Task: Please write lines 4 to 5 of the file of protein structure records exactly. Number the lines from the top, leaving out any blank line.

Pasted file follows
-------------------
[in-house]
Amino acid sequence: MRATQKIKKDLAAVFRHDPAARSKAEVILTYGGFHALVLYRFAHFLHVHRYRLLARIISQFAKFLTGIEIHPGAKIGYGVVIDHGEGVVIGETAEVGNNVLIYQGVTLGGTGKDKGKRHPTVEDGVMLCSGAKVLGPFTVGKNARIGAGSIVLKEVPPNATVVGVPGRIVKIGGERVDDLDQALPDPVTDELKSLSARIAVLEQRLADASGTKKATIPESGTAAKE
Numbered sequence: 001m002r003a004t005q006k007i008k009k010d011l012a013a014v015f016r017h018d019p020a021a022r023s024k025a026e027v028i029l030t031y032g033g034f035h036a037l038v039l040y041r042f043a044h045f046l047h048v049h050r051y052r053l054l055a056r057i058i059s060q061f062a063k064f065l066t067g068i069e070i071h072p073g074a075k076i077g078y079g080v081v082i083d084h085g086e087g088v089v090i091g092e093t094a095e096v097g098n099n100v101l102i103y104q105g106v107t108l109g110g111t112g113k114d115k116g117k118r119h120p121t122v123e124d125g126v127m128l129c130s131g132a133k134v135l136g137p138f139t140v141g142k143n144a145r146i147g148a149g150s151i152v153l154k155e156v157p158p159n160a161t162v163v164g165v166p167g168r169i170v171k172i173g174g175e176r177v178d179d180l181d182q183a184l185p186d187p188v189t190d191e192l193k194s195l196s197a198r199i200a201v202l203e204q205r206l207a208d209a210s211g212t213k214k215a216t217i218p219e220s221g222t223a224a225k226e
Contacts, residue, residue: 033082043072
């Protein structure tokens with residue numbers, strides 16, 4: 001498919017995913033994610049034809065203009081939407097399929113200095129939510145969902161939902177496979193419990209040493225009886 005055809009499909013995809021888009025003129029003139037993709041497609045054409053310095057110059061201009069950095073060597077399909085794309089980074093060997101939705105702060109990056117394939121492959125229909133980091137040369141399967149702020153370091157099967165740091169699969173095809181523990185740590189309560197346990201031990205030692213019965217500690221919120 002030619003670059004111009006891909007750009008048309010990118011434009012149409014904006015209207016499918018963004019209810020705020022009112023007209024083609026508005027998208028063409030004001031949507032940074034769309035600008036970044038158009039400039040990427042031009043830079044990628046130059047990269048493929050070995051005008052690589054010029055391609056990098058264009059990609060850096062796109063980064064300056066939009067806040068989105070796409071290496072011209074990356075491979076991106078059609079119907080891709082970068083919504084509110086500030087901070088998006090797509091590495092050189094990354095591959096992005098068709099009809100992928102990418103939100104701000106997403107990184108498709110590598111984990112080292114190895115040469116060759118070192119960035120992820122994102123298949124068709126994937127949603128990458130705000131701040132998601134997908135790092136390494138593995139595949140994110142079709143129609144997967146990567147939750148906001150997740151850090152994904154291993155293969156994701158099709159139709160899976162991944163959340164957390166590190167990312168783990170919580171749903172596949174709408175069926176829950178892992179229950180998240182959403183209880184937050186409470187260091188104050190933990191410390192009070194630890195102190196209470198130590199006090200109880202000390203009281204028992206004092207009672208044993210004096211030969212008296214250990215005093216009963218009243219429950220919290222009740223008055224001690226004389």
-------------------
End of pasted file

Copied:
Contacts, residue, residue: 033082043072
């Protein structure tokens with residue numbers, strides 16, 4: 001498919017995913033994610049034809065203009081939407097399929113200095129939510145969902161939902177496979193419990209040493225009886 005055809009499909013995809021888009025003129029003139037993709041497609045054409053310095057110059061201009069950095073060597077399909085794309089980074093060997101939705105702060109990056117394939121492959125229909133980091137040369141399967149702020153370091157099967165740091169699969173095809181523990185740590189309560197346990201031990205030692213019965217500690221919120 002030619003670059004111009006891909007750009008048309010990118011434009012149409014904006015209207016499918018963004019209810020705020022009112023007209024083609026508005027998208028063409030004001031949507032940074034769309035600008036970044038158009039400039040990427042031009043830079044990628046130059047990269048493929050070995051005008052690589054010029055391609056990098058264009059990609060850096062796109063980064064300056066939009067806040068989105070796409071290496072011209074990356075491979076991106078059609079119907080891709082970068083919504084509110086500030087901070088998006090797509091590495092050189094990354095591959096992005098068709099009809100992928102990418103939100104701000106997403107990184108498709110590598111984990112080292114190895115040469116060759118070192119960035120992820122994102123298949124068709126994937127949603128990458130705000131701040132998601134997908135790092136390494138593995139595949140994110142079709143129609144997967146990567147939750148906001150997740151850090152994904154291993155293969156994701158099709159139709160899976162991944163959340164957390166590190167990312168783990170919580171749903172596949174709408175069926176829950178892992179229950180998240182959403183209880184937050186409470187260091188104050190933990191410390192009070194630890195102190196209470198130590199006090200109880202000390203009281204028992206004092207009672208044993210004096211030969212008296214250990215005093216009963218009243219429950220919290222009740223008055224001690226004389």